Tuesday, December 29, 2015

Learning to Listen

Sisters Clare Shadig and Ephrem Hollermann
I’m really not all that good at listening. I wish I were, but I know I am not. If a dear friend wants to share a story with me about losing her job I find myself making suggestions rather than letting her talk it out. That’s why I know I am not a good listener. 

Not being in another person’s position, how can I know what is better for him or her?  Who, better than the sharing person, can decipher what works for them? Basically, the tellers of the story are the ones who can come up with a response far better than the listener. 

A good listener lets people tell their story with all the blatant facts, desires, regrets or feelings they may have, and does not judge them for any of it. They encourage them to continue their story. If I shift the focus to my experience instead of keeping it on theirs I am interrupting their chain of thought. Refraining from small distracting movements such as checking who is going past the window and keeping an open mind for whatever is shared is also helpful to the speaker.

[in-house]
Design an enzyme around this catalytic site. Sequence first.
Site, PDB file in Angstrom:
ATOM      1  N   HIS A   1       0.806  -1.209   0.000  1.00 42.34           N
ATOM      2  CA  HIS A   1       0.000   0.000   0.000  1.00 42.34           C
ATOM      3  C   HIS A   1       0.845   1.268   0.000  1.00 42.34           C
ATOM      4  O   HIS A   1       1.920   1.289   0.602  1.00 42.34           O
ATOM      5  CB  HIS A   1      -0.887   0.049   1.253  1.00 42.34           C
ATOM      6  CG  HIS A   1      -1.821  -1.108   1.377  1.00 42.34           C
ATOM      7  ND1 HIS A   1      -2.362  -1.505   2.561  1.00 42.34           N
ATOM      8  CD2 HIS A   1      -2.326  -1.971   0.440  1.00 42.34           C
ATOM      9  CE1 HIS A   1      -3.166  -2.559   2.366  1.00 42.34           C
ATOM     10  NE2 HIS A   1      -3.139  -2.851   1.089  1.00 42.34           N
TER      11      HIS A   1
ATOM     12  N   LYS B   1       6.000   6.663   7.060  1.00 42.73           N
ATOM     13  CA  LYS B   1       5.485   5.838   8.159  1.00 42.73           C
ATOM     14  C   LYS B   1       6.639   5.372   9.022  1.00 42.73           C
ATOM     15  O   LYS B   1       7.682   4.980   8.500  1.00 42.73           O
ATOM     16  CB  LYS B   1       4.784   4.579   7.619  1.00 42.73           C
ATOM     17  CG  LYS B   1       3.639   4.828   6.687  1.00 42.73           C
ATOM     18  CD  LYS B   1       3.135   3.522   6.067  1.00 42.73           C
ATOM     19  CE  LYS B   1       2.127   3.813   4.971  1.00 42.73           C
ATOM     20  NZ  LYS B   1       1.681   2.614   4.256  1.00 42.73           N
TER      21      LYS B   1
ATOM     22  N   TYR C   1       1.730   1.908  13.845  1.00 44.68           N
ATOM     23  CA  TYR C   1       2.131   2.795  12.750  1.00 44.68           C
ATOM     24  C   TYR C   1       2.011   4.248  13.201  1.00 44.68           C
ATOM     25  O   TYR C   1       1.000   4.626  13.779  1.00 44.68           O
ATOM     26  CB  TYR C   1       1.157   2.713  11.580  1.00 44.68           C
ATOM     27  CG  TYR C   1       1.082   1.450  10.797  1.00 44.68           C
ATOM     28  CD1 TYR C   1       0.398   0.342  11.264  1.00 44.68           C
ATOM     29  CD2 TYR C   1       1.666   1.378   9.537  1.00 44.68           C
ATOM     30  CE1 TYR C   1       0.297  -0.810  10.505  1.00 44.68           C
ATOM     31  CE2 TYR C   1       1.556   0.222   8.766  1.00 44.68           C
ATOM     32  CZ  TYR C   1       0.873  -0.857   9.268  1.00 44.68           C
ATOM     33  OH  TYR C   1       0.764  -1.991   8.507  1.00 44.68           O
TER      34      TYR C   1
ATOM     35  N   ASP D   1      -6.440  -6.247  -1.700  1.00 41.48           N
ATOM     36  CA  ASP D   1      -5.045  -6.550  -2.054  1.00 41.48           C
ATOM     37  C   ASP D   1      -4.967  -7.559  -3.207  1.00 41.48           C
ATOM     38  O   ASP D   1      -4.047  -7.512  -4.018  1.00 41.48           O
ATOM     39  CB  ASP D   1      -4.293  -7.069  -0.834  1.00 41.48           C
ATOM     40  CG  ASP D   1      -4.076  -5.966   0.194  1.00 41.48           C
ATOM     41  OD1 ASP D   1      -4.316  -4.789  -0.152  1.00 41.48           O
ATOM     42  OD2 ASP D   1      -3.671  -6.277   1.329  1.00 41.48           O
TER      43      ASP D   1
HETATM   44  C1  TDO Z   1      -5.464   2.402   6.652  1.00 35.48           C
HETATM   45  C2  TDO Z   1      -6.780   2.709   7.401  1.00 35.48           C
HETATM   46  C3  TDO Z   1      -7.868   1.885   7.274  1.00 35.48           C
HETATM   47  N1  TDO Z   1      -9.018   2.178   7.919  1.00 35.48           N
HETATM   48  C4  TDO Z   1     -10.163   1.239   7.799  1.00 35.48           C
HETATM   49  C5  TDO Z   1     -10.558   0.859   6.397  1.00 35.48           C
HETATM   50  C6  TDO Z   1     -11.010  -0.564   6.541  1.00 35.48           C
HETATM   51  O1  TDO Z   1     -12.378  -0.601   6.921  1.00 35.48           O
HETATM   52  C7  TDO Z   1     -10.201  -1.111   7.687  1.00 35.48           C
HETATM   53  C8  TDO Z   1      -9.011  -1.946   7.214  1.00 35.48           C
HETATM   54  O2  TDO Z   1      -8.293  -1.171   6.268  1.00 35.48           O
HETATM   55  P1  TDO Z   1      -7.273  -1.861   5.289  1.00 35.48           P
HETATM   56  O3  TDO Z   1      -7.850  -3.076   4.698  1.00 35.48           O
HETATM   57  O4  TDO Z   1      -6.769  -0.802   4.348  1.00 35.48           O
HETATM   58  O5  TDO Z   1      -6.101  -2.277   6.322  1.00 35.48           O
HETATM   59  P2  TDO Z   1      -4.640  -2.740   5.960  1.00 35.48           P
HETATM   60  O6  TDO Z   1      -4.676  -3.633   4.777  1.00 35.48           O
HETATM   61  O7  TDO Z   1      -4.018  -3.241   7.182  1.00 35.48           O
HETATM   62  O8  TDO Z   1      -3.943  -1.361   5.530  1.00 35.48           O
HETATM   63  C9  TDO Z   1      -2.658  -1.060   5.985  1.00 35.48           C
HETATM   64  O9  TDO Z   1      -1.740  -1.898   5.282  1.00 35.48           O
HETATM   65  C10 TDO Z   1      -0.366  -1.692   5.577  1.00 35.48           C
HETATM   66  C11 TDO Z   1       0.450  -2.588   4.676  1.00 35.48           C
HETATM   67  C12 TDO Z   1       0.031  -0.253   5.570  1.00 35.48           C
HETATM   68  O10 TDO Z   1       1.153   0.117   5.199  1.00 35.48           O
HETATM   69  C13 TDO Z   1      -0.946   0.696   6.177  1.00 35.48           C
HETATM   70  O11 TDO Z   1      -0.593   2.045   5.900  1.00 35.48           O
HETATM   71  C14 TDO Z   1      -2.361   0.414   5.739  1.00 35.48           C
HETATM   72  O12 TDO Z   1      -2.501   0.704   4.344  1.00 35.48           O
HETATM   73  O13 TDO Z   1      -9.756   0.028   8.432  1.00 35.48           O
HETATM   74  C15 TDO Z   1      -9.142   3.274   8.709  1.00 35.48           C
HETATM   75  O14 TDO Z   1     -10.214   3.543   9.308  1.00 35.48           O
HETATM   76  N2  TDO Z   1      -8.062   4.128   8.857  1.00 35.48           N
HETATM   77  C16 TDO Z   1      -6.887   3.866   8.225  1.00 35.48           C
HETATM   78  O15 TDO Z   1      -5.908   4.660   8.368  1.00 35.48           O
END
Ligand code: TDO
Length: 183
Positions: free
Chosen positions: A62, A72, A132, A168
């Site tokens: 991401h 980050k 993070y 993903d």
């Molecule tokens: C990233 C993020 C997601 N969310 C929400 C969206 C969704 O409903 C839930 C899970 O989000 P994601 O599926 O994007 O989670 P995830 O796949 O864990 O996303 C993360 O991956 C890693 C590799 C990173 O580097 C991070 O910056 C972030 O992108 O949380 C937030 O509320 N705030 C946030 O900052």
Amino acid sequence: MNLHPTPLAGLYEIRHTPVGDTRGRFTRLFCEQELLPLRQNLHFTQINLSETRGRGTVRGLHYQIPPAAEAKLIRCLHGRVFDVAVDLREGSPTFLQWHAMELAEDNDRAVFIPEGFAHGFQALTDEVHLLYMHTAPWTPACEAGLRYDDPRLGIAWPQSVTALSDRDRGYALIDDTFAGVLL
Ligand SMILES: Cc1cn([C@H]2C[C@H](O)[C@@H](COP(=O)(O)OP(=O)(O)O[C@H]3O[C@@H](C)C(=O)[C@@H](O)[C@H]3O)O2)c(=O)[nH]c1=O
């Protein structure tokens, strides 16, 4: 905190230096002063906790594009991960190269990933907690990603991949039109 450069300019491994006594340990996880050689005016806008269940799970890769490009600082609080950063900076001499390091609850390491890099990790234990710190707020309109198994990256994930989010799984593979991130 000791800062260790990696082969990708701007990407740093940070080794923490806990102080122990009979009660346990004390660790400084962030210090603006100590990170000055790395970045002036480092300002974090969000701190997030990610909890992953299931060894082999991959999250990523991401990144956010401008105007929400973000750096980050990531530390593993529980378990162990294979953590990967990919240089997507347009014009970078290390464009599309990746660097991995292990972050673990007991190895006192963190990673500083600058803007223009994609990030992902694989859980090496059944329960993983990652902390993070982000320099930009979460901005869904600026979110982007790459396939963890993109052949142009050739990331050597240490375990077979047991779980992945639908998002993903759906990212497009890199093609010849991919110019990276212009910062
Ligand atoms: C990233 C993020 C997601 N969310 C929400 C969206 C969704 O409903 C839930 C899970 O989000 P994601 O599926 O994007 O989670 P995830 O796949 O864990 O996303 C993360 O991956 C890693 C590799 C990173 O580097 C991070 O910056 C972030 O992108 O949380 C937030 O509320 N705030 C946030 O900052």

Moments of silence are just fine; they give the speaker time to listen to his/her deepest thoughts. I once read that when someone shares with a good listener, they may learn information about themselves that they never knew they knew. Wow!

As for me, I can work on myself to become a better listener. Besides following the directives mentioned earlier, I can also encourage the person by keeping eye contact and by using simple gestures that show I am processing with him or her.

Careful listening affirms the speaker and encourages him/her to listen to what comes to them.  


Janet Thielges, OSB

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